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Lost Women of Science

Lost Women of Science

For every Marie Curie or Rosalind Franklin whose story has been told, hundreds of female scientists remain unknown to the public at large. In this series, we illuminate the lives and work of a diverse array of groundbreaking scientists who, because of time, place and gender, have gone largely unrecognized. Each season we focus on a different scientist, putting her narrative into context, explaining not just the science but also the social and historical conditions in which she lived and worked. We also bring these stories to the present, painting a full picture of how her work endures.

Copyright 2021 Lost Women of Science

For every Marie Curie or Rosalind Franklin whose story has been told, hundreds of female scientists remain unknown to the public at large. In this series, we illuminate the lives and work of a diverse array of groundbreaking scientists who, because of time, place and gender, have gone largely unrecognized. Each season we focus on a different scientist, putting her narrative into context, explaining not just the science but also the social and historical conditions in which she lived and worked. We also bring these stories to the present, painting a full picture of how her work endures.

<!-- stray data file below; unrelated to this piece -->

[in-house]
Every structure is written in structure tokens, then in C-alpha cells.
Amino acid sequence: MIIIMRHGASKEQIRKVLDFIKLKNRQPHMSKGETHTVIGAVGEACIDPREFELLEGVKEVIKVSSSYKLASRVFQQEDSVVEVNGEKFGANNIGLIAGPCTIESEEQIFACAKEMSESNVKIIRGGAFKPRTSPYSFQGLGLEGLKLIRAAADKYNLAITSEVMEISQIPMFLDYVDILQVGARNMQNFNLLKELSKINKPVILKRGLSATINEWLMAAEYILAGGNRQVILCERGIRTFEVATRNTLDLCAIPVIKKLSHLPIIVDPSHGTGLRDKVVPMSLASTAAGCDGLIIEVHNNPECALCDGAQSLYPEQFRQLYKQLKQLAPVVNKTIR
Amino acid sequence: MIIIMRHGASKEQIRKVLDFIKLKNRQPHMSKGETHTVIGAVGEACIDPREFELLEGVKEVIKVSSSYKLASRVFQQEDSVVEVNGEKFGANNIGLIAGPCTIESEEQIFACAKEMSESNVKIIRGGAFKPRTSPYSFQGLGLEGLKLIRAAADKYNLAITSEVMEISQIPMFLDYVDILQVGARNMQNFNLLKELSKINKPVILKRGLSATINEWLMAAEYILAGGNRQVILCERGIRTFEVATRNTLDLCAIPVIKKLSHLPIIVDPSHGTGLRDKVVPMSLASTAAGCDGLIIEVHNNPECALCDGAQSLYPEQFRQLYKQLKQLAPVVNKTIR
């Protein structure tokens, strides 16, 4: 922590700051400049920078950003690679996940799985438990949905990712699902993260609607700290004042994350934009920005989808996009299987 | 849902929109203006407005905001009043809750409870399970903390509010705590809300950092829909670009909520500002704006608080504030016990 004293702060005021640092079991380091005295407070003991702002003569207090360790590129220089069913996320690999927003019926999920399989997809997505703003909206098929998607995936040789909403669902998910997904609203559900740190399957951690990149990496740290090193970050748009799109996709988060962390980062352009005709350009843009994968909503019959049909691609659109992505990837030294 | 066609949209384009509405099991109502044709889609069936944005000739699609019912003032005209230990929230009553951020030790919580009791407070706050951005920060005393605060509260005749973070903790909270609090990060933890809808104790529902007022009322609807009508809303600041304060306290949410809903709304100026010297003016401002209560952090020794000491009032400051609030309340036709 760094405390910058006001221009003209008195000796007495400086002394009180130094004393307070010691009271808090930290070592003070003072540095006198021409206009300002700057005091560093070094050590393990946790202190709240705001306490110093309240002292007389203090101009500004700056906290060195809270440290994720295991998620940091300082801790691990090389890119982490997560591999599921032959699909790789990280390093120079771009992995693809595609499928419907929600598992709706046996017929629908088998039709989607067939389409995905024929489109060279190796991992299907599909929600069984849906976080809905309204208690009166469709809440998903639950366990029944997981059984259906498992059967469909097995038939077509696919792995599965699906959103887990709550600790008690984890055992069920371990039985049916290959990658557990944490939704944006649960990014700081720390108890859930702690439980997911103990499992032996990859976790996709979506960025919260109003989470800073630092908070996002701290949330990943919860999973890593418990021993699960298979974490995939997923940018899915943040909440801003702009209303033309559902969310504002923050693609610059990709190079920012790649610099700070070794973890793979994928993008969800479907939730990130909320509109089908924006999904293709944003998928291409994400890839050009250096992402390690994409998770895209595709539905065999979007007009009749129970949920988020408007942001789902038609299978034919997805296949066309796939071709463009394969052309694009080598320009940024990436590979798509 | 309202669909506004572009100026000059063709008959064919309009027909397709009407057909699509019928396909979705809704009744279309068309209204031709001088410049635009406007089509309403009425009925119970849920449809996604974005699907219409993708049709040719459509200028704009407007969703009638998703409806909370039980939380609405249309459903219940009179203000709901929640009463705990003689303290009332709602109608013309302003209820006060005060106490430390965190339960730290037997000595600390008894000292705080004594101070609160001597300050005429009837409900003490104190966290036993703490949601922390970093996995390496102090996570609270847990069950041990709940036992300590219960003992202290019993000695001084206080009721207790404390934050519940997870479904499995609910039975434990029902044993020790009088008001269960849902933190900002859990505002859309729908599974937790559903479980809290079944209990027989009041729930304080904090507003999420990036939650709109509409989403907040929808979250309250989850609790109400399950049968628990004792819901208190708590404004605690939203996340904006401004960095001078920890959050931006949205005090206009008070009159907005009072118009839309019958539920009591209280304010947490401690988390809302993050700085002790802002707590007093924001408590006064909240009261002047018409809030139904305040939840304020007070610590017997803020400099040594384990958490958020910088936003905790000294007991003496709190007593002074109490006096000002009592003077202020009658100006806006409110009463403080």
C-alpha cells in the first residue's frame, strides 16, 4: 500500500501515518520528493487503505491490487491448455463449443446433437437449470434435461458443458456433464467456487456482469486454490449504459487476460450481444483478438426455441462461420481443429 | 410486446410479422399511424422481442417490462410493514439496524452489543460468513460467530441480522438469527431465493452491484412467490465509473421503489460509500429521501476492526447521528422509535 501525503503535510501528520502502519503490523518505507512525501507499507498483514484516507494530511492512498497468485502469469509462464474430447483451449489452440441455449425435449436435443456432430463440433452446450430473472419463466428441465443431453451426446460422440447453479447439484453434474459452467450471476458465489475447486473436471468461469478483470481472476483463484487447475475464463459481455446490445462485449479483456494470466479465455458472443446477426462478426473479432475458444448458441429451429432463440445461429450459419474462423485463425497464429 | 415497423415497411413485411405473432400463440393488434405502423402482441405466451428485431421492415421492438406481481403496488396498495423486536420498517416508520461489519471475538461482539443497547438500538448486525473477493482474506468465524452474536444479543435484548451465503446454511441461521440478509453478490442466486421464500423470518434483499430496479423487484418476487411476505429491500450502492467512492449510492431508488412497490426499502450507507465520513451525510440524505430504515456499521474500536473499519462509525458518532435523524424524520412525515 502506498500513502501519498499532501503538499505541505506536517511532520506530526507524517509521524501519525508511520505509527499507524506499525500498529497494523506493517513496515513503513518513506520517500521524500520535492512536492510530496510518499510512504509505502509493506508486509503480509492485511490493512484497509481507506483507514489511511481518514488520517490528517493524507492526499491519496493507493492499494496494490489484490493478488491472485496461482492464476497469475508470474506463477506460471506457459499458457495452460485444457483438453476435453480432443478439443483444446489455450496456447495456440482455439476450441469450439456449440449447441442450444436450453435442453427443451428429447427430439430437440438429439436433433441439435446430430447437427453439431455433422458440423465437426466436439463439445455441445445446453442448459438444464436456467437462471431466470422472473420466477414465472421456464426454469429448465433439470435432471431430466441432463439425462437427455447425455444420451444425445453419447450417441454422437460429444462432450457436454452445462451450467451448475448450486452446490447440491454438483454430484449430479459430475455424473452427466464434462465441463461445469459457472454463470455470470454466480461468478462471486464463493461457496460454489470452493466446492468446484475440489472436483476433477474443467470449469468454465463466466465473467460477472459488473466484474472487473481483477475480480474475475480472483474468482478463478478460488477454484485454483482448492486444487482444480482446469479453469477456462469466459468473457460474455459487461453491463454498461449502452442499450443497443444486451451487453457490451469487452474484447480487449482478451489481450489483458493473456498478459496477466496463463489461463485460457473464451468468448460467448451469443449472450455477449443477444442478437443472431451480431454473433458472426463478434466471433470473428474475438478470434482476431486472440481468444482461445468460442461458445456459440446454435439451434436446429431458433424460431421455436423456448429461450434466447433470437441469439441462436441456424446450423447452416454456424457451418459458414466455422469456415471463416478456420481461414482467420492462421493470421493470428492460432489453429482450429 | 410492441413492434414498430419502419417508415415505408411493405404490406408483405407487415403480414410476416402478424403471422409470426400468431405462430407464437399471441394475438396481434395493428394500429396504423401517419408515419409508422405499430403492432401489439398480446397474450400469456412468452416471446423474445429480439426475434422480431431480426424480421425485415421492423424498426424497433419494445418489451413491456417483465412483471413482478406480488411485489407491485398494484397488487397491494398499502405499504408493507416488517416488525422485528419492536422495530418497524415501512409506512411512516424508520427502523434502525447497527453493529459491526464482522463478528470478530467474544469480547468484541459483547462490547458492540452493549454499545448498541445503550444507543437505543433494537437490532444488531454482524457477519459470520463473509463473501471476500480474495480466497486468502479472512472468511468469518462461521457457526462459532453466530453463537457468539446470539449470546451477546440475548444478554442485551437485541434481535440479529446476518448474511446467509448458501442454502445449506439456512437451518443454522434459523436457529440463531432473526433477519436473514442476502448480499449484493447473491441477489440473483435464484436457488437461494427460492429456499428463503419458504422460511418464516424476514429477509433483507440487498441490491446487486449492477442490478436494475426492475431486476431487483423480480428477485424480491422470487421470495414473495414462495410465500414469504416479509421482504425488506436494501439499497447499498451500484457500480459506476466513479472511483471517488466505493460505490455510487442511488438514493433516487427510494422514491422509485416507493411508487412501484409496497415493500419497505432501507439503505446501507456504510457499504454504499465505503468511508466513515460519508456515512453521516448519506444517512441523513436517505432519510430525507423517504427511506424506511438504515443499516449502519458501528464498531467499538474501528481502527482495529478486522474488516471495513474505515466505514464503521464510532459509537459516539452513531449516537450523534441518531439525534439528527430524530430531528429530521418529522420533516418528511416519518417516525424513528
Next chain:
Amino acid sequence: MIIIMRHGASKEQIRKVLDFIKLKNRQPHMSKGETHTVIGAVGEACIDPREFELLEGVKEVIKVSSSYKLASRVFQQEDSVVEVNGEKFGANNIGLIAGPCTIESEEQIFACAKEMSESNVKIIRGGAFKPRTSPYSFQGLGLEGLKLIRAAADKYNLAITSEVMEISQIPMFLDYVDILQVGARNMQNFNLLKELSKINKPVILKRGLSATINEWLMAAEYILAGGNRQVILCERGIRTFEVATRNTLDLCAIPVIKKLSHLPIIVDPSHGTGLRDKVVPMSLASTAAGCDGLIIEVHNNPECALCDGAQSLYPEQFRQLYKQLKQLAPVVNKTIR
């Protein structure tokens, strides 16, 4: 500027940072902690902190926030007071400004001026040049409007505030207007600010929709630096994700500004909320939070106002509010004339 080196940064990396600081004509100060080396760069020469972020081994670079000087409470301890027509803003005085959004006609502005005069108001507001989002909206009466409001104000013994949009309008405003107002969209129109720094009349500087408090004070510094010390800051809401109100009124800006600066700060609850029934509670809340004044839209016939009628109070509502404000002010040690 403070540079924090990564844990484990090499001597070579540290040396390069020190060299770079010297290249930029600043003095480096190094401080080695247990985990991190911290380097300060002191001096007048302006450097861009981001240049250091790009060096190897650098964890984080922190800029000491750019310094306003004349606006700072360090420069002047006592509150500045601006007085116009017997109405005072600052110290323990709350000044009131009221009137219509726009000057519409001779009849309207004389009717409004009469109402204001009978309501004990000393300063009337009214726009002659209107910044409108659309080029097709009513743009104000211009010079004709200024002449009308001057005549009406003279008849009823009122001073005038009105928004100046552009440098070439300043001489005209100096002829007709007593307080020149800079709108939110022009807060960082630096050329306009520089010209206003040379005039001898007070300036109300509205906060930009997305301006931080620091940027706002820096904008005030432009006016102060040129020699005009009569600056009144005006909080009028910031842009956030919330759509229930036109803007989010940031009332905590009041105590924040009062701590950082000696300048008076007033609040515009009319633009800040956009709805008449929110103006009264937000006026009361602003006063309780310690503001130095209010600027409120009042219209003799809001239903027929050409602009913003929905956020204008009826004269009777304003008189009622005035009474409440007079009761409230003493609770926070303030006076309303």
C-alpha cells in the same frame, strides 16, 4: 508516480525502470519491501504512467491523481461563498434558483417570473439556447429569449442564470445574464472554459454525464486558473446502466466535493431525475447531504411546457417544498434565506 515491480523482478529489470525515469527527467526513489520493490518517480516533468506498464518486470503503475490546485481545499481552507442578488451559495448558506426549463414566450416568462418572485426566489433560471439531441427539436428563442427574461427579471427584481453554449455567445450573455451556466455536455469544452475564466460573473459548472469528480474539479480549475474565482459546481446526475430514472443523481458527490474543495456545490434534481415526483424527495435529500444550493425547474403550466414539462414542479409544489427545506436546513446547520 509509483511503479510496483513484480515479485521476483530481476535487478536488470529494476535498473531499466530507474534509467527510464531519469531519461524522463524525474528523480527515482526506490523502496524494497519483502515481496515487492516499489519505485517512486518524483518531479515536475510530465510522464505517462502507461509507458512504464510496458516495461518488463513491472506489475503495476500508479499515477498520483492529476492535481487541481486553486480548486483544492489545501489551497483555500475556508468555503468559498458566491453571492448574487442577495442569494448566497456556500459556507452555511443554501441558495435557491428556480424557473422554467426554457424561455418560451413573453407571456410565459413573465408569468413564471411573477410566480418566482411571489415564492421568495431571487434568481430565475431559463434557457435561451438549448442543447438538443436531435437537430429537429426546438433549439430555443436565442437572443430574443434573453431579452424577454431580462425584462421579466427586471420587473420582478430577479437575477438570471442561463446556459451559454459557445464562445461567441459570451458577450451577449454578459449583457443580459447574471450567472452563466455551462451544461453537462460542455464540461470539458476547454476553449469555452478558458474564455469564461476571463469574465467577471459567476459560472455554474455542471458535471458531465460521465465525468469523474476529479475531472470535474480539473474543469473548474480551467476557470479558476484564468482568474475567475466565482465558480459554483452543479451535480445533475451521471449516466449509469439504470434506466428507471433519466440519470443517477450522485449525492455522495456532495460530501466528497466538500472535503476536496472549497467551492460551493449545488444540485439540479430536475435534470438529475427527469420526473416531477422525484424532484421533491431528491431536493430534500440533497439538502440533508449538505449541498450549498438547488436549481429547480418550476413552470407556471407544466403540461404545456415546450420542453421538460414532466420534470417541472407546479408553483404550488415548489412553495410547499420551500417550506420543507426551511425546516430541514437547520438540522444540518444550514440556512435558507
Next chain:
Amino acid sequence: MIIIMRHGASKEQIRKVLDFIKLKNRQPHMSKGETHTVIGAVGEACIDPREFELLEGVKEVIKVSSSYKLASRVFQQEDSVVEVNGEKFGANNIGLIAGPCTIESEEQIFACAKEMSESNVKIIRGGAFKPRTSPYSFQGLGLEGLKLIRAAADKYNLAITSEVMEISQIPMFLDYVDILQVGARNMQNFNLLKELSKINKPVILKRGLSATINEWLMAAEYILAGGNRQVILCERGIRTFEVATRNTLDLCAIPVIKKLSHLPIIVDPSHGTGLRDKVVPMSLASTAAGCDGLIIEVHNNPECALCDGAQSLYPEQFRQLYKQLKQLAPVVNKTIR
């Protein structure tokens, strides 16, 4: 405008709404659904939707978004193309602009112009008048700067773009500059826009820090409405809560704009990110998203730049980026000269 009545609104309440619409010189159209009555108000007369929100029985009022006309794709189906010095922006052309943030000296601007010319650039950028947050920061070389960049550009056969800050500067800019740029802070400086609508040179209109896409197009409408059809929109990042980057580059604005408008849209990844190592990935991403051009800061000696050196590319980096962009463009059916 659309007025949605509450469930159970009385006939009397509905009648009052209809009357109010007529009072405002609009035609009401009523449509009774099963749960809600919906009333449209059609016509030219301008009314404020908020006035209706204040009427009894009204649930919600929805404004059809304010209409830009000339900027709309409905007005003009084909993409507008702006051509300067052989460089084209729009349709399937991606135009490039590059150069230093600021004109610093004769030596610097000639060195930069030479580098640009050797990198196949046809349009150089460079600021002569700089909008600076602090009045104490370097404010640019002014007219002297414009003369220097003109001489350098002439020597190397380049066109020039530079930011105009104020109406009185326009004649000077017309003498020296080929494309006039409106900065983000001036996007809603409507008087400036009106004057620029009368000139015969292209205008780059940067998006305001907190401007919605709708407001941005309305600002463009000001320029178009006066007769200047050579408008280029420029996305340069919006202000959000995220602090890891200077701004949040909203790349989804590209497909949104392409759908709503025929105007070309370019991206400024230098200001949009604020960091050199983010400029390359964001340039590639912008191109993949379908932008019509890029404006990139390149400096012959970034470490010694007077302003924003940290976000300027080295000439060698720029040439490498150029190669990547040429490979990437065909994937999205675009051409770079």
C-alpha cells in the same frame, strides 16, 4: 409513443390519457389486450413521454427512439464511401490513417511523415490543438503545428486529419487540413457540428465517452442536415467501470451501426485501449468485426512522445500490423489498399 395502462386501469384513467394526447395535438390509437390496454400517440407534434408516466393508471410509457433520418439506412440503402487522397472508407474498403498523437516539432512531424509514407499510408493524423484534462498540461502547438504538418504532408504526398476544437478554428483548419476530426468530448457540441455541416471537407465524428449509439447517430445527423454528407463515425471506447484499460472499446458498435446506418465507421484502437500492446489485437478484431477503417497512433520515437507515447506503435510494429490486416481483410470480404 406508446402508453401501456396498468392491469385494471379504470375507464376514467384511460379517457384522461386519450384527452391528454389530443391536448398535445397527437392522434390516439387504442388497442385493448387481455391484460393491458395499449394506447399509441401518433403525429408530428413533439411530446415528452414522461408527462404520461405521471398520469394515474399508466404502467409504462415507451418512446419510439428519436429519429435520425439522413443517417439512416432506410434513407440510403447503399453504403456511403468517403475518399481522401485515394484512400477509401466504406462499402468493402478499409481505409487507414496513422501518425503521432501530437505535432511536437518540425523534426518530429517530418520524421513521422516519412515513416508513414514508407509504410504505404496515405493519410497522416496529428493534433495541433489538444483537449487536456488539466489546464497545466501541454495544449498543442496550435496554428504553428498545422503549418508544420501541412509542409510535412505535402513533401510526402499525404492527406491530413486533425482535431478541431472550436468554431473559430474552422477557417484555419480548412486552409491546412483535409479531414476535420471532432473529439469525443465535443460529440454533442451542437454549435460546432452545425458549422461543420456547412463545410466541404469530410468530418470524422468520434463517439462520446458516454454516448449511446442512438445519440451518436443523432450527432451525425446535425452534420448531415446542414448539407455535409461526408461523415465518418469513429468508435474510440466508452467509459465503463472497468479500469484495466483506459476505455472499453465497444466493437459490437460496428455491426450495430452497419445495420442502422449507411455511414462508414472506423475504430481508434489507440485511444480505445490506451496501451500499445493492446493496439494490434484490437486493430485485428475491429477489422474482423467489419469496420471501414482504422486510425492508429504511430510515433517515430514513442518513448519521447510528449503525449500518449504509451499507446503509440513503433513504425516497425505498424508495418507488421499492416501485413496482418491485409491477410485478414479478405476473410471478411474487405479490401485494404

Copyright 2021 Lost Women of Science

Lost Women of Science Conversations: The Black Angels

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February 29, 202427min 39sec

In the first of a new series we’re calling Lost Women of Science Conversations—and a fitting choice for Black History Month—we talk to Maria Smilios, author of a new book that tells the story of Black nurses who were lured from the Jim Crow South to work at a tuberculosis (TB) hospital called Sea View on Staten Island, N.Y. Facing unsanitary conditions and racial prejudice, these “Black Angels” cared for TB patients for decades before a cure that they helped develop was found. It’s a story of bravery and dedication that Smilios pieced together from oral histories and medical records because there were no archives that described these nurses’ work.